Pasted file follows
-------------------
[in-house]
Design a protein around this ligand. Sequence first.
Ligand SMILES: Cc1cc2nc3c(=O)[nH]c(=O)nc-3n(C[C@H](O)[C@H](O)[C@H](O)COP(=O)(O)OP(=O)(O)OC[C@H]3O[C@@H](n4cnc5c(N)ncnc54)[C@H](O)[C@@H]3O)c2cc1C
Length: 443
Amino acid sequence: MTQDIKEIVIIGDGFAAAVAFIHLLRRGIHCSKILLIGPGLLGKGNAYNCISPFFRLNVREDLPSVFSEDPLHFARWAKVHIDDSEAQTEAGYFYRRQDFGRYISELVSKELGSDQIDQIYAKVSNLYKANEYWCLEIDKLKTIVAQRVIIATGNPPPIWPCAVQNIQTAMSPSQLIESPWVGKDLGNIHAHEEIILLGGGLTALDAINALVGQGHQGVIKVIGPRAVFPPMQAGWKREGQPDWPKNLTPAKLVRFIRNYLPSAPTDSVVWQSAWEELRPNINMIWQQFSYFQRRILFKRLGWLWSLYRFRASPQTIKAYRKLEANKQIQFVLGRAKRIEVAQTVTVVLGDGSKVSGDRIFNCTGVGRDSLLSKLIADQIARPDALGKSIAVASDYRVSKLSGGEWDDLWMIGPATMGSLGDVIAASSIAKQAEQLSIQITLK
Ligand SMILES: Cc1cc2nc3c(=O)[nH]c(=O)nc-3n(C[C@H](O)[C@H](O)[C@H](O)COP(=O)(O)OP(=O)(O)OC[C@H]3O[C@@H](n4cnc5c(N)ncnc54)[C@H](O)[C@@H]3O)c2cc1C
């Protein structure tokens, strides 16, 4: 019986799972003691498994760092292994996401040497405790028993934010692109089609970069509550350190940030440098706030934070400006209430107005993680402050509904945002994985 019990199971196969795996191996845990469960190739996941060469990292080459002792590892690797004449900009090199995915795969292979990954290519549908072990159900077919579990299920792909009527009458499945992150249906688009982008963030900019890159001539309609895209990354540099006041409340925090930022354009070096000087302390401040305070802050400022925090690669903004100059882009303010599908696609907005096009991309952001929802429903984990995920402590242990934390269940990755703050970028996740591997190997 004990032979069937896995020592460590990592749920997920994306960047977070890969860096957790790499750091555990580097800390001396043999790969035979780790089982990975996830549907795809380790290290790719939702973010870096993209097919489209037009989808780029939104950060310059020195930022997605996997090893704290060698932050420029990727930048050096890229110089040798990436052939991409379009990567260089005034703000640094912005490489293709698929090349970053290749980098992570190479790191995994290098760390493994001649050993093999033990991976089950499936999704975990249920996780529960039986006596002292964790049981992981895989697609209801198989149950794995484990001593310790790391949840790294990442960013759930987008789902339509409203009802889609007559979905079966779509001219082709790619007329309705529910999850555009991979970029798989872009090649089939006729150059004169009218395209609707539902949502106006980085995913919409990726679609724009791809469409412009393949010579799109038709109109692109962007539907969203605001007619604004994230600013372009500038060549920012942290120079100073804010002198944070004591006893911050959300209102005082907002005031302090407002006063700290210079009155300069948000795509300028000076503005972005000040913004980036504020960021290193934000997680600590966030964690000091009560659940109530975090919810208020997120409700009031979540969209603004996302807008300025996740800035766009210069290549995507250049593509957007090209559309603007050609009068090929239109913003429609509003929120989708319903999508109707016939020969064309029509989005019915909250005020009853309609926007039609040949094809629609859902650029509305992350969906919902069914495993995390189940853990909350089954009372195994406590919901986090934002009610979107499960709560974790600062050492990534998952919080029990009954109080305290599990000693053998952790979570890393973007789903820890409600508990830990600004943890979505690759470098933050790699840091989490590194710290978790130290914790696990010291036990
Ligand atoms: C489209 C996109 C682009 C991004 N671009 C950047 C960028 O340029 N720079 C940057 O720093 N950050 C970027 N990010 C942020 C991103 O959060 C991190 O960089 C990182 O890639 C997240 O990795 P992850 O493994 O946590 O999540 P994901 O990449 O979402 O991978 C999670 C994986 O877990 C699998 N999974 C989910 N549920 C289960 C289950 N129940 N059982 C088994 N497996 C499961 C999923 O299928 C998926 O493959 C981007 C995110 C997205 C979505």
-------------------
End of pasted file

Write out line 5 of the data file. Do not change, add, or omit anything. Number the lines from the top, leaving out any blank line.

Amino acid sequence: MTQDIKEIVIIGDGFAAAVAFIHLLRRGIHCSKILLIGPGLLGKGNAYNCISPFFRLNVREDLPSVFSEDPLHFARWAKVHIDDSEAQTEAGYFYRRQDFGRYISELVSKELGSDQIDQIYAKVSNLYKANEYWCLEIDKLKTIVAQRVIIATGNPPPIWPCAVQNIQTAMSPSQLIESPWVGKDLGNIHAHEEIILLGGGLTALDAINALVGQGHQGVIKVIGPRAVFPPMQAGWKREGQPDWPKNLTPAKLVRFIRNYLPSAPTDSVVWQSAWEELRPNINMIWQQFSYFQRRILFKRLGWLWSLYRFRASPQTIKAYRKLEANKQIQFVLGRAKRIEVAQTVTVVLGDGSKVSGDRIFNCTGVGRDSLLSKLIADQIARPDALGKSIAVASDYRVSKLSGGEWDDLWMIGPATMGSLGDVIAASSIAKQAEQLSIQITLK